Salah Salem was a young man in his late 20s with a mental disability. He was walking home when he was stopped by one of the military checkpoints. They asked him for his ID, which he didn't have. He told them he was “with the intelligence,” as he used to buy bread for the Rafah intelligence office every morning.

They detained him at the checkpoint and resumed checking other cars and people. He decided he would walk away while the officers were busy with other cars. They asked him to stop twice, witnesses say, but he didn't respond. He was shot twice in the back and died on the spot.

Along the Israeli-Egyptian border. Photo: Wilson44691

The security forces wouldn’t allow anyone to help him, and said that the ambulance was on its way. The ambulance showed up half an hour later. Salah became “a terrorist who broke through a checkpoint and was dealt with by our brave soldiers,” a headline read in a national newspaper the next day.

In order to obtain his body and bury it, Salah's family was forced to state that the reason for his death was a bullet from an unknown source. Not only did Salah die senselessly, he has also died as a terrorist in the eyes of most people.

Civilians are the only losers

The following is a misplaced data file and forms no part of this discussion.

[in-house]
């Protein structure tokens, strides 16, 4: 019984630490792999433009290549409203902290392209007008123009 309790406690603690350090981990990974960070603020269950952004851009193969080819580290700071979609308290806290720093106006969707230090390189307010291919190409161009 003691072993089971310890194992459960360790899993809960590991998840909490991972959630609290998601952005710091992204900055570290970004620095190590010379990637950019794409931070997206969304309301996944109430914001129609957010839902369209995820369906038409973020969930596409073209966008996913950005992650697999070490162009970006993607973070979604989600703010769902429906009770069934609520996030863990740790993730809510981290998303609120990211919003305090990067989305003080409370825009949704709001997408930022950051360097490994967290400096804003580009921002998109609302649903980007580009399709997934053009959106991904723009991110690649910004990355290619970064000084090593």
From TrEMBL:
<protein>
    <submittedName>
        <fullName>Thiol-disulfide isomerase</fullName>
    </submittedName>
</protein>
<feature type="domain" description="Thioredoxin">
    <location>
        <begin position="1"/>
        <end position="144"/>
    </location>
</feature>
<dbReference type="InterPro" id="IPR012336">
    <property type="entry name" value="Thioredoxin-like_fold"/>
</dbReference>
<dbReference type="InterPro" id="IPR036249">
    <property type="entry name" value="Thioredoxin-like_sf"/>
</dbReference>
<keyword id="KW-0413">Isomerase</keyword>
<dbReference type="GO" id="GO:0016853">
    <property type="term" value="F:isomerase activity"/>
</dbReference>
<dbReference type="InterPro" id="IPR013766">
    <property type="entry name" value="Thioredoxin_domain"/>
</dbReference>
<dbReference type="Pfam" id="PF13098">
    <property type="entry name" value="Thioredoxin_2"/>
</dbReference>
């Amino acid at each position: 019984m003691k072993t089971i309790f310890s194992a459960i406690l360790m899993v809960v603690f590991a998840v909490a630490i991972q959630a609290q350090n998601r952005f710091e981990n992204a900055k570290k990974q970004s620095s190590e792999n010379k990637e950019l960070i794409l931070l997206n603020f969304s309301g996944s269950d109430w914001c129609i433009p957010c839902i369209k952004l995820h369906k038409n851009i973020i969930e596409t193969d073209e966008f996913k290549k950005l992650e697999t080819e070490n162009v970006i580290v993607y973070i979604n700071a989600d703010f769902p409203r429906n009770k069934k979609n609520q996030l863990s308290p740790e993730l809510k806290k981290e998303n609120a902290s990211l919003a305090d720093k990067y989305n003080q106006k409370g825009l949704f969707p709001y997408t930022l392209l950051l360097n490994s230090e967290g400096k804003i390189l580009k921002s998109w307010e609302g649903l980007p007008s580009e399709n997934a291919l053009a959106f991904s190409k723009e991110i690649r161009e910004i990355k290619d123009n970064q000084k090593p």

The leaders of the Province of Sinai â€" the peninsula's major militant group, formerly known as Ansar Beit al-Maqdes â€" are mostly people who were freed from prison in 2011 and 2012 by their very same enemy today: the Supreme Council of the Armed Forces, which temporarily ran the country in the aftermath of the 2011 revolution. They reorganized and declared war on the military. With the group growing bigger, they swore allegiance to the Islamic State and rebranded themselves the Province of Sinai.

The number of troops and ammunition increased, as did the number of militants. The crackdown intensified, and so did the militant group’s operations against the troops. They both announced their victories. They both amassed gains from the battlefield. Through them, the state has managed to deploy draconian measures, and through the state's indiscriminate crackdown, the militants are gaining more support.

In the middle, residents remain the only losers.

Death has become the cheap currency of the city. Citizens are killed by both sides everyday. If they are killed by the militants, then they are victims of terrorism, and if they are killed by the military, they become terrorists.

In calling the city's innocent dwellers terrorists, the military has played on the long-standing racism against the area, often cited as the reason for its miseries.

The level of the troop's brainwashing against the city's people has made military members believe that everyone who isn't part of the army is automatically against them. But killing innocent people and calling them terrorists in a dirty propaganda campaign will not work forever.